I think ‘Into The Unknown’ will get nominated for best original song, so God help us if it actually wins. There’s also a very, very clear attempt to recreate ‘Let It Go’; this definitely feels like a studio mandate and Disney demanded another ‘Let It Go’. As a result, the film tries it twice and both times, feel soulless. This is an even more stupid decision than putting that song in Kingdom Hearts 3. At least in that one, it actually showed off the technology of the in-game graphics that a PlayStation 4 was able to recreate something similar to one of the Disney’s most iconic scenes. This time, it feels just drab and soulless. There’s even one moment in the film where they have a slight snippet of it. We get it guys, that song’s been played to death. I’m not buying the soundtrack.

Now, if I want to talk about the film’s strongest points, it’s the animation – the animation once again is actually really excellent. Here is something that feels like it’s really worked out very well. There is an excellent use of animation, 3D colour and the environment that they’ve taken advantage of. As far as a film goes on a technical level, it works really well. The film this time goes for a more autumnal theme for its environment, rather than the previous one going for winter. But there’s certainly an aspect of winter obviously; we’re going to have to get this thing to play over Christmastime. The character animation is also excellent, and I really have nothing to scoff about in that department. It’s actually a very well-animated film. It actually does a pretty good job incorporating new technology that’s come about in the time period between Frozen 1 and 2, which you would hope considering there’s been a six-year gap between movies. The acting is pretty much somewhat solid; no one’s turning in a half-arsed performance, I will give them that. There are a few new cast members this time around as well, including Sterling K Brown, Evan Rachel Wood, Alfred Molina and Jason Ritter. I definitely will not knock anyone’s performance in this movie. Everyone does a decent job.

I’m not going to lie, Frozen 2 actually made me really genuinely annoyed, not because it’s not a movie made for me because the fact of the matter is, I find this film on a technical level is a failure to its target audience. There’s a really great film-rating podcast episode in which Matthew talks with a couple of other fellow film critics in regard to the live-action Lion King which came out earlier this year, which I’ve previously reviewed, and in it, they were talking about Disney making films which actors’ brands deposit for easy money-makers that are based on previously established properties that will allow them to make the film they actually want to make next, and this is very much what Frozen 2 is existing to be. Though God knows what film is actually going to come about from its inevitable success. The fact of the matter is though, this film is definitely the practice of what Disney has been going for recently, and rather like all the others, it feels soulless, shameless and overly capitalistic in an almost narcissistic fashion.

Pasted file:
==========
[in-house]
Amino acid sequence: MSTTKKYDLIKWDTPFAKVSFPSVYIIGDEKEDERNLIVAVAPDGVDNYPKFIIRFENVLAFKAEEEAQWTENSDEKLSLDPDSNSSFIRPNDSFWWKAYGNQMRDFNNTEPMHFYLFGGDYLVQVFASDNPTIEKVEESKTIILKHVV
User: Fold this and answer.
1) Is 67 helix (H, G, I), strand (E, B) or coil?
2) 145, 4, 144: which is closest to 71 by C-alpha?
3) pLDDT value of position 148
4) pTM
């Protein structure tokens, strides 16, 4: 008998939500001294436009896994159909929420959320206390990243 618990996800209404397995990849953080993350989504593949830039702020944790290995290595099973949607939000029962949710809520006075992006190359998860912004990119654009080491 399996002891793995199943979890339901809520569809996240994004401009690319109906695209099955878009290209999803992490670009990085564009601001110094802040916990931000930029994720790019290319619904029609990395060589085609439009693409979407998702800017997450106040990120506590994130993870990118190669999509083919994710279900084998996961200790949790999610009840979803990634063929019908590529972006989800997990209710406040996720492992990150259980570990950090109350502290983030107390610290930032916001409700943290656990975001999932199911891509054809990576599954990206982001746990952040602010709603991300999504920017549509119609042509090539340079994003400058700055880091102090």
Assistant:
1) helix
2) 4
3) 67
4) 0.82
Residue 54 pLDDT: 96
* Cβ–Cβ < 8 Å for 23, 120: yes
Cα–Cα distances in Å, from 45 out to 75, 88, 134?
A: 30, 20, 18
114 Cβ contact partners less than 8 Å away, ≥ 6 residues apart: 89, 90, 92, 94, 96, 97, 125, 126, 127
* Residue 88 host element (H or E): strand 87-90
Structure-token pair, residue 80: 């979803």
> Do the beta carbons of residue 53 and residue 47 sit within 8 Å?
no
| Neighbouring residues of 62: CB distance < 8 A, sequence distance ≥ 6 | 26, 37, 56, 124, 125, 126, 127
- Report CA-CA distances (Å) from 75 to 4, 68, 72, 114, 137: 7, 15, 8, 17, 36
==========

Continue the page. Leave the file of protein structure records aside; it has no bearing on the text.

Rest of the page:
Frozen 2 is paper-thin when it comes to its plot and characters, and it was a film that fundamentally bored me the entire way through – it was so predictable. It was so unbelievably underwhelming and so bad in just how safe a play it feels on the part of Disney. I really feel that this film will lead to a third movie in order to sell this series as a trilogy, and God help us if they do that because I’m done with these films. The songs are not that great, and despite the fact that it’s very well-animated, it feels like its been made to sell a soundtrack.

If you really need to see it, this is probably one to wait for DVD or Blu-ray, though if you have kids, they likely will have already dragged you to go see it. Oh, and by the way, if you were part of that group that was shining a torch in order to take pictures of your kids in the cinema (in the middle of the movie!), I seriously hope you get banned from a cinema soon enough – you actually interfere with the projector, you selfish bastards.

Well, next week I’m going to give my thoughts on a film that’s out on limited release, the day of this review’s publication. And if my early warnings on Facebook, Twitter and anything else that I’m running hasn’t gotten to you, go to see this film as soon as you can. I’m kind of giving away some of my thoughts, but I really recommend going to check this one out. Next week, I review, Promare, the first animated feature-length film from Studio Trigger. With all that being said, thanks for reading this review. I hope you enjoyed reading it as much as I enjoyed writing it.
Calvin – Nerd Consultant

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The Next Axia29th May 2024